‘Are my parents OK? Where are they?’ Immigrant kids’ first questions when they arrive in a New York

Twenty children who had been separated from their parents after crossing the US-Mexico border recently arrived at a foster care facility just outside New York City — and the first thing they wanted to know was if their parents were alright.

“The biggest concern that our children have had recently is about, for their parents,” Jeremy Kohomban, who runs the Children’s Village facility, said Thursday. “It’s not even about themselves. Is my mom okay? Is my dad going to be okay? Where are they? What’s happening? That’s the anxiety.”

He said one of the first things the staff does is to work with federal partners to locate the parents and have the children talk to them on the phone.

The children are elated and relieved to hear the voices of their parents, despite the many miles now separating them. Kohomban said the call is a first, important step to building trust with his team.

While Kohomban cannot talk about the children currently at Children’s Village or the details of its partnership with the government, he emphasized his staff prioritizes the children’s well-being.

Upon arrival, kids at the foster care facility go to a 24-hour medical center where a doctor checks on their health. If they need care for a long-standing condition or something they picked up on the long journey to the states, they get treatment.

“In general we use this as an opportunity to attend to a lot of medical issues that kids never had addressed” because they didn’t have a doctor or the money for one, Dr. Doug Waite said.

The images from this peaceful New York campus are starkly different from detention centers where undocumented immigrants are kept inside chain-link holding cells.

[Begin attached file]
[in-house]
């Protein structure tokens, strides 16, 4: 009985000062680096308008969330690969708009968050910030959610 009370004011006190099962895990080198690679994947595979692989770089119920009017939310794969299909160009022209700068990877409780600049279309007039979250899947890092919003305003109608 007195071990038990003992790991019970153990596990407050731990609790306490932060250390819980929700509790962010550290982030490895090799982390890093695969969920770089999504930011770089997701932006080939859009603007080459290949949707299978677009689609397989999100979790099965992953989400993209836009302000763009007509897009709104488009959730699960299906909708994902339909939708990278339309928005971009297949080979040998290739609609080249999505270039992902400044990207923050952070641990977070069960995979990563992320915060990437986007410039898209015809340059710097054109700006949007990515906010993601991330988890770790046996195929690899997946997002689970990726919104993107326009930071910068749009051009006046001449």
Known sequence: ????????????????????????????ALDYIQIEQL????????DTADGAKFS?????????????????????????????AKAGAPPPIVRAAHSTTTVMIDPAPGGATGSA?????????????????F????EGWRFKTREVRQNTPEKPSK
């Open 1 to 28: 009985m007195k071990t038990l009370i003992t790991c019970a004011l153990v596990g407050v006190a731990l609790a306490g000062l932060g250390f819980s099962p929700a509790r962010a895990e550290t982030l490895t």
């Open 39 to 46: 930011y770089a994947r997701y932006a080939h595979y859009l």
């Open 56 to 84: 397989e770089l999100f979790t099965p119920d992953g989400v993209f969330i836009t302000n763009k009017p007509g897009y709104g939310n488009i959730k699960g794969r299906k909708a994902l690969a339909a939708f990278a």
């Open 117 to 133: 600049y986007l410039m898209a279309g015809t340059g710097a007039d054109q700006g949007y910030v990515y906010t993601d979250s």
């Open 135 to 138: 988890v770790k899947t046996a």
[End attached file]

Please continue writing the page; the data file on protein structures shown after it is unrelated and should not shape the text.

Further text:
Kohomban, a first-generation American whose parents are from Sri Lanka and the UK, has long been an advocate for keeping families together. He said he believes we need to take a deep look at the immigration system and make changes.

“It’s frustrating and heartbreaking. I know we can do it better. I know that there’s absolutely no reason for us to take these steps,” he said. “This kind of forced separation has permanent damage. Psychological, fear, anxiety. The fear of the unknown. If this could happen to me, what else could happen to me?”

The facility provides “a variety of short-term residential programs for youth in foster care or the juvenile justice system, undocumented children, and homeless teens,” Children’s Village says on its website.

On the 180 acres in Dobb’s Ferry, children live in cottages, attend school, play basketball or soccer and attend service in a chapel. Nurses check in daily on the kids.

The 20 undocumented children who were separated from their parents are between the ages of 9 and 17. He isn’t sure how long the children will be there. But he wants them reunited with their families as quickly as possible.

“We don’t want to keep kids away from families one minute longer than they already have been,” he said.

He also wanted people to know the staff is “not doing this on our own.” Federal partners help, he said.

“We have some great public servants,” he said. “At times like this, it seems that it is easy to complain about everyone, but I want to make a point to note that there are a lot of people helping us.”

The goal, he said, is to allow the kids to be kids.

“We need to try to recreate childhood,” he said. “We want to keep them engaged while they are here.”